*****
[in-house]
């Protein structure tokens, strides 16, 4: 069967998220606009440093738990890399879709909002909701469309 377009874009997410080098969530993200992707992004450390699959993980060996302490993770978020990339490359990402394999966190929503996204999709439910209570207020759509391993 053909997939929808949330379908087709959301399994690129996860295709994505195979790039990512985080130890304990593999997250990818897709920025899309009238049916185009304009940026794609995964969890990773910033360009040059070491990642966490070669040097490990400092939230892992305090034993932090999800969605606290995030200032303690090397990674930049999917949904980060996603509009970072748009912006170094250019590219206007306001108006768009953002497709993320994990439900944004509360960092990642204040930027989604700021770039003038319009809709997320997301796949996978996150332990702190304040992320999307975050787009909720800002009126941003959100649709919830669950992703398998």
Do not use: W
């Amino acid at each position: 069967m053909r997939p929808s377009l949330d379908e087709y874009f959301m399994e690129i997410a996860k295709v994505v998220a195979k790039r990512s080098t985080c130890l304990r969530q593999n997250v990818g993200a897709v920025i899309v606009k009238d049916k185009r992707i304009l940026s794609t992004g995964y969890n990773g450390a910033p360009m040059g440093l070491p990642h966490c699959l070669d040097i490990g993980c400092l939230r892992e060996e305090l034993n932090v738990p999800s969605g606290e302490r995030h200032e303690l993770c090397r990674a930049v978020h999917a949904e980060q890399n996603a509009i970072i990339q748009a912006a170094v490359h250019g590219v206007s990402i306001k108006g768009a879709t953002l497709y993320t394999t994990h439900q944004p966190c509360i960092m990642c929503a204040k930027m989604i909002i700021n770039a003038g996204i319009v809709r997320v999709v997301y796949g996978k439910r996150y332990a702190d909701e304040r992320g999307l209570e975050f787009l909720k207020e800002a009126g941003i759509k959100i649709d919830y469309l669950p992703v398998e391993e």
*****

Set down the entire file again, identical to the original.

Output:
[in-house]
């Protein structure tokens, strides 16, 4: 069967998220606009440093738990890399879709909002909701469309 377009874009997410080098969530993200992707992004450390699959993980060996302490993770978020990339490359990402394999966190929503996204999709439910209570207020759509391993 053909997939929808949330379908087709959301399994690129996860295709994505195979790039990512985080130890304990593999997250990818897709920025899309009238049916185009304009940026794609995964969890990773910033360009040059070491990642966490070669040097490990400092939230892992305090034993932090999800969605606290995030200032303690090397990674930049999917949904980060996603509009970072748009912006170094250019590219206007306001108006768009953002497709993320994990439900944004509360960092990642204040930027989604700021770039003038319009809709997320997301796949996978996150332990702190304040992320999307975050787009909720800002009126941003959100649709919830669950992703398998």
Do not use: W
């Amino acid at each position: 069967m053909r997939p929808s377009l949330d379908e087709y874009f959301m399994e690129i997410a996860k295709v994505v998220a195979k790039r990512s080098t985080c130890l304990r969530q593999n997250v990818g993200a897709v920025i899309v606009k009238d049916k185009r992707i304009l940026s794609t992004g995964y969890n990773g450390a910033p360009m040059g440093l070491p990642h966490c699959l070669d040097i490990g993980c400092l939230r892992e060996e305090l034993n932090v738990p999800s969605g606290e302490r995030h200032e303690l993770c090397r990674a930049v978020h999917a949904e980060q890399n996603a509009i970072i990339q748009a912006a170094v490359h250019g590219v206007s990402i306001k108006g768009a879709t953002l497709y993320t394999t994990h439900q944004p966190c509360i960092m990642c929503a204040k930027m989604i909002i700021n770039a003038g996204i319009v809709r997320v999709v997301y796949g996978k439910r996150y332990a702190d909701e304040r992320g999307l209570e975050f787009l909720k207020e800002a009126g941003i759509k959100i649709d919830y469309l669950p992703v398998e391993e």